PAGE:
The use of speciality steels in the industry is becoming increasingly widespread. These speciality steels have improved mechanical behaviour including improved toughness, machinability, ductility, and fatigue life. An important controlling factor for this superior behaviour is the 'cleanliness' of the steel. This is a measure of the amount and type of small non-metallic inclusions. As the demand for clean and ultraclean steels increases, there is a requirement to detect smaller and smaller inclusions in larger sample areas. Methods have been developed using light optical microscopes to classify steels by counting and measuring the inclusions present. However, this requires time and expertise, limits the minimum inclusion size and lacks chemical data.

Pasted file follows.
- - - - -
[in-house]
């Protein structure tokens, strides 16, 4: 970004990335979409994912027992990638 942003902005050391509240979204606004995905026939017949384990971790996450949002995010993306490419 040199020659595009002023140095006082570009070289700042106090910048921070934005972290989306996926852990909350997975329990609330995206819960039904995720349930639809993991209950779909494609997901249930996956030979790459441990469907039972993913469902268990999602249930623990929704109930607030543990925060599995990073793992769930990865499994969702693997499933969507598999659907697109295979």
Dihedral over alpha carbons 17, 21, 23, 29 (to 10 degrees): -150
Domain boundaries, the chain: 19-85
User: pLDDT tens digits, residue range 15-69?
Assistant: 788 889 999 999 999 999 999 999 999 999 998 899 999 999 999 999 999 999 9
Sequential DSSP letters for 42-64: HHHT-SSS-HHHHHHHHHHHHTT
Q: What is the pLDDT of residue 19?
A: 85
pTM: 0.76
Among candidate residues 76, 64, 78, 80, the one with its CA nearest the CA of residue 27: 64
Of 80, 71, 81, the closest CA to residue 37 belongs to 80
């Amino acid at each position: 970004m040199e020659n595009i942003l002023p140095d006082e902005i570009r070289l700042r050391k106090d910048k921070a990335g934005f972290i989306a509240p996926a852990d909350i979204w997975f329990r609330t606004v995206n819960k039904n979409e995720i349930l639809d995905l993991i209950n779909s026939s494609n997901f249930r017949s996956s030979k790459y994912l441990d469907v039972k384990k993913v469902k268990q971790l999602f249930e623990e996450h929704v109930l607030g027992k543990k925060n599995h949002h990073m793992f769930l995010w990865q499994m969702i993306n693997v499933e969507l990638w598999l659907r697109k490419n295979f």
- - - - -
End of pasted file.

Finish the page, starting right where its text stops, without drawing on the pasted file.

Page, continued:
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*Please note, this application note refers to X-Max, this has since been upgraded to Ultim Max